A less common mistake is to think that the acceleration must change if velocity changes.  "(c) After OJ sees the officer, his acceleration must change rapidly, because the accelerator pedal is on the floor.  (d) When he crashes, OJ's acceleration changes from a high value to zero."  No, constant acceleration means speeding up or slowing down; this student thinks acceleration must change in order for speed to change.

I do get about half the class writing clear, concise, and specific explanations that refer to the v-t graph or to the definition of acceleration.  I will show a fellow student's good explanation to someone who's struggling, to show the difference in the style of prose.  I'm teaching writing as much as I'm teaching physics, sure.  But the time I spend now demanding clear writing pays off tremendously later in the year, when an AP-style free response test requires one-minute justifications.


P.S. Only about half of my class had ever heard of OJ Simpson.  That says something about pop culture in the post-internet era.  What it says, I have no idea.

20 September 2011

Where do I get constant-speed bulldozers for lab?

Georgian Mark DiBois asks:
One weird thing... I still can't find a small toy bulldozer to pull a mass across the table... Where do you get those?
Simple answer:  In the science supply houses you're looking for what's called a "constant speed vehicle."  Fool around on google and you can see the device pictured above, available from Frey, Fisher, and others for $25-30 each.  I *think* these can move forward or backward at the flip of a switch.

Better answer:  PASCO offers two levels of constant speed items.  In a rare event, PASCO undercuts the competition with their "constant speed buggy", pictured here.  These are $8 each.  They only move one direction, but they work just as well as the more expensive bulldozers.

Coolest answer:  If you have a few bucks lying around for luxury purchases, try out the PASCO "variable speed motorized cart" pictured here.  It lists at $159.  But it has a knob for adjusting speed, and has traction enough to climb reasonably steep ramps.

My personal solution:  I have two of the $25 bulldozers and ten of the $8 buggies.  (I like to have some of each because they move at different speeds.)  I use these for laboratory investigations.  I also have one of the fancy-pants variable speed carts, which I use exclusively for demonstrations, or even research problems where necessary.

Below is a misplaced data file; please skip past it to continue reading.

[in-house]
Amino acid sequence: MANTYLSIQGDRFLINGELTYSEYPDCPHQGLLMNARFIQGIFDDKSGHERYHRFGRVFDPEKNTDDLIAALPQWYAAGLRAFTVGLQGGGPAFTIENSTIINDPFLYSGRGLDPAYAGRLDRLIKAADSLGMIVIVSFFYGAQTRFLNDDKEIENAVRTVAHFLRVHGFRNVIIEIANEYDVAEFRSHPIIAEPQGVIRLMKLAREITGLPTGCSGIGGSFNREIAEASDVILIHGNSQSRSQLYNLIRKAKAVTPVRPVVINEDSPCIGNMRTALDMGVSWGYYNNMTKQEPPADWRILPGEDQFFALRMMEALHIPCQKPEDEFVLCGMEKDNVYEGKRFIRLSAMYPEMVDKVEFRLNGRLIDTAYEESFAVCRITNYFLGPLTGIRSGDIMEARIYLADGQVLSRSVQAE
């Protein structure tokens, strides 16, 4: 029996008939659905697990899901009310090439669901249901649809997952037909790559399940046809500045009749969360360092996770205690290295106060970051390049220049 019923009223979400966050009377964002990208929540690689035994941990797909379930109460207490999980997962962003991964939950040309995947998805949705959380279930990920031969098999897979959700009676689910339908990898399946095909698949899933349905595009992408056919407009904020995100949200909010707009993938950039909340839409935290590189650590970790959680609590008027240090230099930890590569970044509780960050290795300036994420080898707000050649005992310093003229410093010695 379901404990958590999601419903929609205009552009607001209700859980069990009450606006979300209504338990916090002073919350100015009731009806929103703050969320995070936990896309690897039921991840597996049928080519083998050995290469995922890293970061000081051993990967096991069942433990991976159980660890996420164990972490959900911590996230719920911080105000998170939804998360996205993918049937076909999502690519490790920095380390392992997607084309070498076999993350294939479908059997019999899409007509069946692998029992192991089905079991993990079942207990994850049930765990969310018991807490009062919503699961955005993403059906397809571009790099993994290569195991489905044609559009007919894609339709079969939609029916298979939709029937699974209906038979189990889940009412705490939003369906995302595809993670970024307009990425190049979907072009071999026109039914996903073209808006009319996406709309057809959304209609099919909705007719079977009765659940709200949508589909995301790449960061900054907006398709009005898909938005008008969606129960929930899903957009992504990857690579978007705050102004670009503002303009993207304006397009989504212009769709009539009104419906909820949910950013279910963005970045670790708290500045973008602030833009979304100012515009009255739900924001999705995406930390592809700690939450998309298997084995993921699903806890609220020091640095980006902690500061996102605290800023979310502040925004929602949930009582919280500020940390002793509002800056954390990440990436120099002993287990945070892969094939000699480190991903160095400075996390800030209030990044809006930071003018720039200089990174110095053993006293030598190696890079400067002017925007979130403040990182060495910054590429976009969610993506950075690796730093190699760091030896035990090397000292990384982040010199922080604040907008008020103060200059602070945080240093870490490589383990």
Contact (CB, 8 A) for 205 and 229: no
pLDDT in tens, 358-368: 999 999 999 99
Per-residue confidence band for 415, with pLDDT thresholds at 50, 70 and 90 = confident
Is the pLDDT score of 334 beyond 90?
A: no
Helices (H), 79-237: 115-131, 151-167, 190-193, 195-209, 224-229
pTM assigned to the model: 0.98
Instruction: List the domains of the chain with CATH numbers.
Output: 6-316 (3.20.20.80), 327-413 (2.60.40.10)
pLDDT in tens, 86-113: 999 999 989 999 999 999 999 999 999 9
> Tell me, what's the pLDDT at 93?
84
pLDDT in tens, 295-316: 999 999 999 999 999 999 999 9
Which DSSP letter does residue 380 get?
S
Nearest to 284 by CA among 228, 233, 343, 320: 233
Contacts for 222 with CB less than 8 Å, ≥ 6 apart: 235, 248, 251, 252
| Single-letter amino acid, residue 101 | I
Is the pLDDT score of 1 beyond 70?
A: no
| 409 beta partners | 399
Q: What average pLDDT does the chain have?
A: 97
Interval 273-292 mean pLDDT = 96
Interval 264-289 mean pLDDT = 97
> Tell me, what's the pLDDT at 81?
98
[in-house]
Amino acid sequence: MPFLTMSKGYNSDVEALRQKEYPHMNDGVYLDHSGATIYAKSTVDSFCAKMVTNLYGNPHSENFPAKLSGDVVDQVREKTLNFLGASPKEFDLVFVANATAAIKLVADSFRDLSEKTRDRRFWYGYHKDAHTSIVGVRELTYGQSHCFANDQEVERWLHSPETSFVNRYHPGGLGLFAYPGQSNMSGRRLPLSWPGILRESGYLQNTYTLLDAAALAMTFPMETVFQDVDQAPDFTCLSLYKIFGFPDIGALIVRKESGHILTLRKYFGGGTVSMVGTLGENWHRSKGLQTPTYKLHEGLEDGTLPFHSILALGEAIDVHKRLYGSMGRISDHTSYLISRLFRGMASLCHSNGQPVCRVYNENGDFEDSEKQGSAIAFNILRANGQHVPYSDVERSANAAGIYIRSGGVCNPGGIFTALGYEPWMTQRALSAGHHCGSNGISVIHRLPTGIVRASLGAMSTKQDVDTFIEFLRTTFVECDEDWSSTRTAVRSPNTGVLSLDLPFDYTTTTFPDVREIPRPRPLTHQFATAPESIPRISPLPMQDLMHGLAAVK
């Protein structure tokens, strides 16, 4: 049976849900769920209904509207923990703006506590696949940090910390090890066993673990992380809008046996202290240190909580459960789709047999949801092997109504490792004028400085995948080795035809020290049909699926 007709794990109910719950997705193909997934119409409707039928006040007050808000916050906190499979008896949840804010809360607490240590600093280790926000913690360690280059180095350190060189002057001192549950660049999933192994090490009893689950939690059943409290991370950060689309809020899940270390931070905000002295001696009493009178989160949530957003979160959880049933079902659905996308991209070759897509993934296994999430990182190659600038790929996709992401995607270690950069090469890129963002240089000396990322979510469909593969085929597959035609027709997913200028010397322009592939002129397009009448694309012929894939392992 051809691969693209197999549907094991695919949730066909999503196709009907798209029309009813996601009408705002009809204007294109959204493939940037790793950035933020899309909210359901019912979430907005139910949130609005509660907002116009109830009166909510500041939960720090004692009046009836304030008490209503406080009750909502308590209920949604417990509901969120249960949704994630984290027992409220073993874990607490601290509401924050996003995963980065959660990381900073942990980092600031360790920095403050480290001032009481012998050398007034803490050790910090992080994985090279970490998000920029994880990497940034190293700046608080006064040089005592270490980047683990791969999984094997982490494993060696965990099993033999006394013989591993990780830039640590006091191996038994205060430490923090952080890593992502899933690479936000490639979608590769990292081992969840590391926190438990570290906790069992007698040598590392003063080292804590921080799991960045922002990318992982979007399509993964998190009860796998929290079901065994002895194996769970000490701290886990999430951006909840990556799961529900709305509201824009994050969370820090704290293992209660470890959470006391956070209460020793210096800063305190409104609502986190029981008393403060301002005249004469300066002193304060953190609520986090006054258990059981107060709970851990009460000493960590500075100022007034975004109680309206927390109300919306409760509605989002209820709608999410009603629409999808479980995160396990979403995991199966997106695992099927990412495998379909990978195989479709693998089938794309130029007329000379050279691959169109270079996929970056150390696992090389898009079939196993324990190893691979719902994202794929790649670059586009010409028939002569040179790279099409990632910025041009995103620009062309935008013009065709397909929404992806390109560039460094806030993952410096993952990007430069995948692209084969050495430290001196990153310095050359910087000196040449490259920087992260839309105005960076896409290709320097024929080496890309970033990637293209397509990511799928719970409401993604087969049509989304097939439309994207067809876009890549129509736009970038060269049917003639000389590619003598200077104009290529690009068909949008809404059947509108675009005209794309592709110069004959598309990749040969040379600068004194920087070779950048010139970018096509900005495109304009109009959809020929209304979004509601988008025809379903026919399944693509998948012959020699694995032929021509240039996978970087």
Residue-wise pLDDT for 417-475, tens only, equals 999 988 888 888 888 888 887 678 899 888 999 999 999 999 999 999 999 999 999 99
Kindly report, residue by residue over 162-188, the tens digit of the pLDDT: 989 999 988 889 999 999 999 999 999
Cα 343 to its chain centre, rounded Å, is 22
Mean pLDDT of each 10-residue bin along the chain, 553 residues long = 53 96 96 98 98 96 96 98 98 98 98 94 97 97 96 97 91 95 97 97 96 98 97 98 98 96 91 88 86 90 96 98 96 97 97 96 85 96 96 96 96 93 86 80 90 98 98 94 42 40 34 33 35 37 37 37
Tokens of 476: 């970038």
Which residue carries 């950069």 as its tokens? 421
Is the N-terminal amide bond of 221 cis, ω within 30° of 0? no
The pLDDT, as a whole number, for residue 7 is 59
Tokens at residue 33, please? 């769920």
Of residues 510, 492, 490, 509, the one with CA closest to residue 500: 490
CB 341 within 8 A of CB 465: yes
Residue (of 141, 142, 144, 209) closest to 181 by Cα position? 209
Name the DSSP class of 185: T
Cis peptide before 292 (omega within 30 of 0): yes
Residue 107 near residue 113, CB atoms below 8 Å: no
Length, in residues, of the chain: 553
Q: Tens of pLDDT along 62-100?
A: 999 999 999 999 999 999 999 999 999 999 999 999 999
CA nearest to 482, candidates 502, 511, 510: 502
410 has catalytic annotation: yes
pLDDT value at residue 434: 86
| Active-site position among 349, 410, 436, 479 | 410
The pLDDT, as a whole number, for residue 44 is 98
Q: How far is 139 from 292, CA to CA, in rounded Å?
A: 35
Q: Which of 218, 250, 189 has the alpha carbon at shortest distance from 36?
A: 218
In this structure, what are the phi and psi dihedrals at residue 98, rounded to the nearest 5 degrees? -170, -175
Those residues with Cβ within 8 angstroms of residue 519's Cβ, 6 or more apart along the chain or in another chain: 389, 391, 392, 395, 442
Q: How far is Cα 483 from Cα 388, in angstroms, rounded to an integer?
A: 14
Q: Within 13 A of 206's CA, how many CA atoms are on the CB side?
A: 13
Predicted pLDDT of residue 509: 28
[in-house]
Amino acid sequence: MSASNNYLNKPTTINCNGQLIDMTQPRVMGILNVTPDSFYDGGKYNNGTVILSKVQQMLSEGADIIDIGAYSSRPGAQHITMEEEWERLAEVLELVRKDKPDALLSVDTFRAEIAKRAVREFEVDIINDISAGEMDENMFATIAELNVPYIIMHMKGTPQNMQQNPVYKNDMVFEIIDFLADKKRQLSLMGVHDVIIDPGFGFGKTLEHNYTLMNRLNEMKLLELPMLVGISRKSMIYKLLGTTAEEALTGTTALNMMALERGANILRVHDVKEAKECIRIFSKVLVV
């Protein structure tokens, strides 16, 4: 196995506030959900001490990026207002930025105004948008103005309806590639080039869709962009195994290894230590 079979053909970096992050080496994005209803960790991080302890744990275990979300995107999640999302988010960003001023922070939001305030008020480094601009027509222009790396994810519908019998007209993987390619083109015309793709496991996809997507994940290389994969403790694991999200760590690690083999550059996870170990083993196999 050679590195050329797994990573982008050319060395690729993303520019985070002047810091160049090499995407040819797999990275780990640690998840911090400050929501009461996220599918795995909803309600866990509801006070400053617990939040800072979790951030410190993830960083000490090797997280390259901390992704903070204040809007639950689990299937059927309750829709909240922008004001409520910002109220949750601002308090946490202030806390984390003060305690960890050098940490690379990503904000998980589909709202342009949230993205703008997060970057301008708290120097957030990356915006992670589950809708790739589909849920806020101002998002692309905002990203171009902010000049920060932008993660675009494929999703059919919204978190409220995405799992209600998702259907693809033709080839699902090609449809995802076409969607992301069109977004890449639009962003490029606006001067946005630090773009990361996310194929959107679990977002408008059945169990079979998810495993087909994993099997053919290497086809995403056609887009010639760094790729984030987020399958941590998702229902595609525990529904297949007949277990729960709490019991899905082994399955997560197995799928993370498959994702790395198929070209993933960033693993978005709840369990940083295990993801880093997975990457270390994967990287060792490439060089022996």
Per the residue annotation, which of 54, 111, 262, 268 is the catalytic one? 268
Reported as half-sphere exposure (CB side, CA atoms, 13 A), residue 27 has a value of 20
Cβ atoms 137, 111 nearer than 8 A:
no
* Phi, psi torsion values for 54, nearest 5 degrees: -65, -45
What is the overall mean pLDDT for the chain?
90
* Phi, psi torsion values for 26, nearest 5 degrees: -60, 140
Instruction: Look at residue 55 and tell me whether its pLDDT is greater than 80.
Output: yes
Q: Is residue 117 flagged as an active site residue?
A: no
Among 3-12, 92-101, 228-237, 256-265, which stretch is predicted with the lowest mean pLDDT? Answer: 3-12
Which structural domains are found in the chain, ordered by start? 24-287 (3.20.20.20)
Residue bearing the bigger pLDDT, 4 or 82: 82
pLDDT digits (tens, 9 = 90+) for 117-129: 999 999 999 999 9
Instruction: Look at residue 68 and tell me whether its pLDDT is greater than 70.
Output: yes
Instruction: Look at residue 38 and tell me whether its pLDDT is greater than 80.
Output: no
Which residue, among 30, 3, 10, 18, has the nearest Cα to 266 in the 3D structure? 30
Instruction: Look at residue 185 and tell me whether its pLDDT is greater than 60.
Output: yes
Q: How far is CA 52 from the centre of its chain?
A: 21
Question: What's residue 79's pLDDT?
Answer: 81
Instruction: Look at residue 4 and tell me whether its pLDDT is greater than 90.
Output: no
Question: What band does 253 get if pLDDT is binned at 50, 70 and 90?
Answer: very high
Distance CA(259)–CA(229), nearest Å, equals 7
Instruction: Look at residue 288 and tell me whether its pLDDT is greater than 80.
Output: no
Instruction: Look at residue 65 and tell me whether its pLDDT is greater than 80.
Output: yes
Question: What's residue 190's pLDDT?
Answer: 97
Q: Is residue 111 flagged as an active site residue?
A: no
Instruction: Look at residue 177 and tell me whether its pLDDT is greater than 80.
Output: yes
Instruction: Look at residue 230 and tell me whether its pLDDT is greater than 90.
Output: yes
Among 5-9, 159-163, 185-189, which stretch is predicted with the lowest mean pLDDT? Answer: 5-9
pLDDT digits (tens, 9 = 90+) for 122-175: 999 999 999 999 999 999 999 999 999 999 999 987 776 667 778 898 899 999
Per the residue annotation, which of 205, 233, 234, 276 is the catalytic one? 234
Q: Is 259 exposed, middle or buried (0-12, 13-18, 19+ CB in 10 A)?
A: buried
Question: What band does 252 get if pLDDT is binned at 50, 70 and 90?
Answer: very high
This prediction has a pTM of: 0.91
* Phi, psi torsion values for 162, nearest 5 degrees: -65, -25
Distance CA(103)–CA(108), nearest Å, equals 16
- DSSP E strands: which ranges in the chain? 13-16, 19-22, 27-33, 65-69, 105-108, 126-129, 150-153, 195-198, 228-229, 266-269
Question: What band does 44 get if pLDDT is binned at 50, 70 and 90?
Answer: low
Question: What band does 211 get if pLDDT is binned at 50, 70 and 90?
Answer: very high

19 September 2011

Two Bad Questions

Two Bad Mice ponder Two Bad Questions
As regular blog readers are aware, I'm adjusting my AP physics B course to cover only about 60% of the material in the AP curriculum, keeping a similar depth of sophistication in the coverage of each topic, but demanding even more verbal explanations and justifications.  Part of this process is to redesign my problem sets so that some kind of verbal justification is required every night.  (Details at this post and this one, too.)

Most of this month's problem sets I wrote while sitting at the Starbucks on the Pearl Street Mall in Boulder, Colorado.  I do highly recommend such a retreat for summer planning.  All I did was to copy the problems that I've used successfully for many years, adding explicit prompts such as "Explain why the tension is greater than the weight of the stoplight," or, "Describe, as to a non-physicist, how much force the string exerts by comparison to a force with which you are familiar.  Justify your comparison."  This approach has worked well.

However, I discovered -- too late -- a couple of minor mistakes that turned into ill-posed problems.  As a mea culpa to my students, and pour l'encouragement d'les autres, I present to you these questions that you should not ask.

1.  This one is based on an old Giancoli problem, but I copied it wrong:  
In the design of a supermarket, there are to be several ramps connecting different parts of the store.  Customers will have to push grocery carts along the ramps, as shown above.  A grocery cart has mass 30 kg; the coefficient of kinetic friction is m = 0.10. Determine the maximum angle of the ramp such that the customer will not have to exert a force in excess of 50 N.